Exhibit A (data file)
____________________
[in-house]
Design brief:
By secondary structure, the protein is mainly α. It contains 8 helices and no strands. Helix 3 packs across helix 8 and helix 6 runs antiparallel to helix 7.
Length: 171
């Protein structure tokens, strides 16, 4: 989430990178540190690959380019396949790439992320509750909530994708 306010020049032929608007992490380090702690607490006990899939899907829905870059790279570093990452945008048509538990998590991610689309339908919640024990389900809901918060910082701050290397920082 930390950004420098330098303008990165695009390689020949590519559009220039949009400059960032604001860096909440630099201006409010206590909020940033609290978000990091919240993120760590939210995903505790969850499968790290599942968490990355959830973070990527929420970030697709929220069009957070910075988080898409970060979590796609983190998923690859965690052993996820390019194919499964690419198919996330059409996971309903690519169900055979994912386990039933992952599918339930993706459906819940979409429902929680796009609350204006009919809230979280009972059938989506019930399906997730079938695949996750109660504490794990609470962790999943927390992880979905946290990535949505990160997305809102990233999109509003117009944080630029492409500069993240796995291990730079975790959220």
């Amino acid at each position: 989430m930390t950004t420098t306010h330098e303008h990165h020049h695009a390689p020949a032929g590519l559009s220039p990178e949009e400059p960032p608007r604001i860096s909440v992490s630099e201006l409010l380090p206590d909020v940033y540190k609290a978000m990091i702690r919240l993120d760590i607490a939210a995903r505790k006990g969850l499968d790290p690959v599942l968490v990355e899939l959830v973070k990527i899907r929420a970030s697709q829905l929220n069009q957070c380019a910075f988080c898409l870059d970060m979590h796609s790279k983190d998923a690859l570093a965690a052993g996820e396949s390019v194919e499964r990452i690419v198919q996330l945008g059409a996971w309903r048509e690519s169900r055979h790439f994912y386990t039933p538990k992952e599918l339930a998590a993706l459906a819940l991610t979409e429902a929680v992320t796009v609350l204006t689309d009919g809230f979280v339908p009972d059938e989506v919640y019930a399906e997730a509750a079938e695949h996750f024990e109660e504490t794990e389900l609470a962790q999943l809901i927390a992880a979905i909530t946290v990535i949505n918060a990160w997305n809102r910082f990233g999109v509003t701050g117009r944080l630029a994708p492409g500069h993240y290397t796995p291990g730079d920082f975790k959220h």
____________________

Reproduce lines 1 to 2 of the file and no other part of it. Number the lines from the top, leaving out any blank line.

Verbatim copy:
[in-house]
Design brief: